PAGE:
Well you sure make it sound much more interesting than I was thinking. Do you refer back to former characters? In my current Mad Mage campaign, there are veeeery occasionally references to our old characters or old adventures in either Chult or the Underdark. I'm not sure how I feel about that...
 

Shiroiken

Legend
When I was younger, my campaigns were open-ended. They were primarily stand-alone adventures (often published modules), with only a handful of things being connected. My first campaign was a Monty-Hual type game that I inherited when the DM moved, and characters were about 18th level (1E AD&D). At around level 30, it was just too hard to continue challenging the characters without using the gods from Legends and Lore, which was a notion that offended my sensibilities (still does). I told the players they had the choice of an epic campaign ending adventure, where they'd either ascend to immortality or be erased from existence, or they'd face an army of level draining undead, where they'd certainly lose most of their levels with a high probability of permanent death. They wisely chose the epic quest, after which we started over.

As I got older, I understood the advantages of having an overarching story. Watching the X-Files gave me a good idea on how to balance stand-alone adventures with plot-driving adventures. Once I did this, I found that the length of a good campaign isn't dictated by the game's level limits, but by the needs of the story. This can be high level (my first 5E campaign took about 2 years and went from level 1-18), or can be fairly low (friend's first 4E campaign went from level 1-5). Dragging a campaign on after the story is told generally ruins the memorable aspects of the story, causing it to "jump the shark." I like to keep the same setting each time though, if I can, and include the events of the previous campaign to promote continuity.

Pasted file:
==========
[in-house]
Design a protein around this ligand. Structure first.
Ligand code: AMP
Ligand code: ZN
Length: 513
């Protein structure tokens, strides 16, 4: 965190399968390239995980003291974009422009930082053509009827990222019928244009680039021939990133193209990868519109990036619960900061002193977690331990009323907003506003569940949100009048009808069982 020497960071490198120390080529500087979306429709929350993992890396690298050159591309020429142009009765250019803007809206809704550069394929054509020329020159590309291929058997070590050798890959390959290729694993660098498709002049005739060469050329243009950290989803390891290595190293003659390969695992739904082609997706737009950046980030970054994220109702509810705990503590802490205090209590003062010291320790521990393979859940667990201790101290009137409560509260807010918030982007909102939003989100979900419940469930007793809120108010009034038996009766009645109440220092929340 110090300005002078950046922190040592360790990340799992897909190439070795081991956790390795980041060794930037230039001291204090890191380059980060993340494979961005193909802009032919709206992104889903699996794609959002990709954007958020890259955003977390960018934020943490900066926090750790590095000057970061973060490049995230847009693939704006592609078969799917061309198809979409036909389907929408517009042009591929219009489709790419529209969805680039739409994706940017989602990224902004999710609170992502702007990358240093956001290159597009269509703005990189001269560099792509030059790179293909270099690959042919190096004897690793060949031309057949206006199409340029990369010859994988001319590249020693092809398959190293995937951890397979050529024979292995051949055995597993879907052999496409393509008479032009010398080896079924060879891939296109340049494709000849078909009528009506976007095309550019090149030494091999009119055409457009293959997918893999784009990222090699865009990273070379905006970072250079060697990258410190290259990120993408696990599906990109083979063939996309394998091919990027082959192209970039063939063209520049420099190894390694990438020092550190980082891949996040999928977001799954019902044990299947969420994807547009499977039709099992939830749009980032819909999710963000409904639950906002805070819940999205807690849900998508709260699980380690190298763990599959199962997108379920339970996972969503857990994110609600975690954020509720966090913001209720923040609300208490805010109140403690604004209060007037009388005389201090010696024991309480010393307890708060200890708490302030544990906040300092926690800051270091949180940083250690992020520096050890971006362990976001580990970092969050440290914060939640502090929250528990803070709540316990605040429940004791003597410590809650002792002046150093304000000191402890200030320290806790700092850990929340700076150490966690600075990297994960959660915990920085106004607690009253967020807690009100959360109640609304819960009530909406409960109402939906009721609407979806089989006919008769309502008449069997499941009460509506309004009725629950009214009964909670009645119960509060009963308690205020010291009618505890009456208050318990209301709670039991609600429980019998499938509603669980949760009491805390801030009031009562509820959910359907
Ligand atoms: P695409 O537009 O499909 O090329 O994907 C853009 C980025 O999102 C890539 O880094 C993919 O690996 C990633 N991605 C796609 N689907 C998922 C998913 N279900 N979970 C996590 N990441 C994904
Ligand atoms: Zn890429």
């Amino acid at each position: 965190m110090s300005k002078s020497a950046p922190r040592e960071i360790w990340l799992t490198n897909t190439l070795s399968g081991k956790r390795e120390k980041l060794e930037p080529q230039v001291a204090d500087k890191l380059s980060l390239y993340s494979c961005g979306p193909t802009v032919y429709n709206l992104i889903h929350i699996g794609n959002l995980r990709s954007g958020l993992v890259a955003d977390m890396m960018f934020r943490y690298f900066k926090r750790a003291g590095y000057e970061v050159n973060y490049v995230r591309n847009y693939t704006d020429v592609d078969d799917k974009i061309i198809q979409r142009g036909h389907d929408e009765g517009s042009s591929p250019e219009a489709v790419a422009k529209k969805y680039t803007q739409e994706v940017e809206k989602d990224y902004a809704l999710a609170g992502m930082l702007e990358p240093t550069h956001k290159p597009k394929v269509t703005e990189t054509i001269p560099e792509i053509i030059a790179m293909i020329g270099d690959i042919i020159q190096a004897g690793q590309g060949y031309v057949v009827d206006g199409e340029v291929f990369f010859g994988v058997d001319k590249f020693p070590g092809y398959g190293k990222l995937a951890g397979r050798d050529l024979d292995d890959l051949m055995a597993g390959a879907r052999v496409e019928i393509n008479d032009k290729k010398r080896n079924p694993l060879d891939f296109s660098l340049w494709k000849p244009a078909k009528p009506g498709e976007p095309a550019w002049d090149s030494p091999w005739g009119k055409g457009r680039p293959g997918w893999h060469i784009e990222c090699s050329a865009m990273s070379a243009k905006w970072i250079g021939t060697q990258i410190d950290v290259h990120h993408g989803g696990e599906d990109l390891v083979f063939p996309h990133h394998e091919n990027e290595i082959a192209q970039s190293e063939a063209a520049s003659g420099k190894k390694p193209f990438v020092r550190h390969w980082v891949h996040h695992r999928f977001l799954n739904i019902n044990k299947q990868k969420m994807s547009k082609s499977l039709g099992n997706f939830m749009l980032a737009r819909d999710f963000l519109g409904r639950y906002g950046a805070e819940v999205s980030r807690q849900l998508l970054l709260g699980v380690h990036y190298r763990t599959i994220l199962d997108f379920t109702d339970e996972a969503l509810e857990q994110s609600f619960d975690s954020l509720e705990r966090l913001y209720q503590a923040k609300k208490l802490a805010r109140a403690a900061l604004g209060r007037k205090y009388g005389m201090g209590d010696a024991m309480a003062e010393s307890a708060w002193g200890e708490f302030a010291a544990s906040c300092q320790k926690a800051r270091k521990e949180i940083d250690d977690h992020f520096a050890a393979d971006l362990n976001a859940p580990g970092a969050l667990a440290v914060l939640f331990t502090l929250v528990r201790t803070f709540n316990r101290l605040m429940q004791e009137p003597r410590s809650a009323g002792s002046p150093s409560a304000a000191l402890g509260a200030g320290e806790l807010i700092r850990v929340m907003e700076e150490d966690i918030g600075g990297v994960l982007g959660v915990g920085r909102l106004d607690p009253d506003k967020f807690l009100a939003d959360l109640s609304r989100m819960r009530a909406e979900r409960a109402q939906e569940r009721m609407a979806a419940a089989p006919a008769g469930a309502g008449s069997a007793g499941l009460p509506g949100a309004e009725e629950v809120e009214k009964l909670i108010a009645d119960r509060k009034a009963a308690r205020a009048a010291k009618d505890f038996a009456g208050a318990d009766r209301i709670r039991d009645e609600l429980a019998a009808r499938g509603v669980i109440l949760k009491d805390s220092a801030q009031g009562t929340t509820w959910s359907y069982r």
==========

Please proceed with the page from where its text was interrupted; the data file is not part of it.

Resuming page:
Von Ether

Legend
I haven't stayed in one area long enough for a long running game. And I even had a GM who got us up 20 levels in AD&D in just a year.

It seems the longest lasting "campaigns" are just a GM using the same setting and then weaving previous campaigns into the setting's canon, not unlike a comic book universe. But then again, good recycling of your story elements has always an art in ttRPGs.
 

MNblockhead

A Title Much Cooler Than Anything on the Old Site
I prefer my campaigns to last no more than 2 years. Increasingly, I'm enjoying mini-campaigns over full 1-20 campaigns. There are too many stories, settings, and systems I want to try.
 


Lanefan

Victoria Rules
Well you sure make it sound much more interesting than I was thinking. Do you refer back to former characters?
Within a campaign any 'former' (i.e. retired) characters are usually somewhere they can be found if anyone needs to, for example, talk to one.

There's not much cross-pollination between my campaigns. So far in my current one I've had one PC from each of the previous two campaigns make an appearance; one completely unintentionally on its part and they met it off-world in any case, and the other to maybe set up some possible future plot ideas...or not, depending how things go.
 

Pauln6

Adventurer
Our campaign is 30 years old (although we absorbed an even older campaign that is about 36 years old). I'm working towards Age of Worms (3 parts to go) mixed in with GDQ and Vecna Lives as the finale. PCs are currently levels 11-16.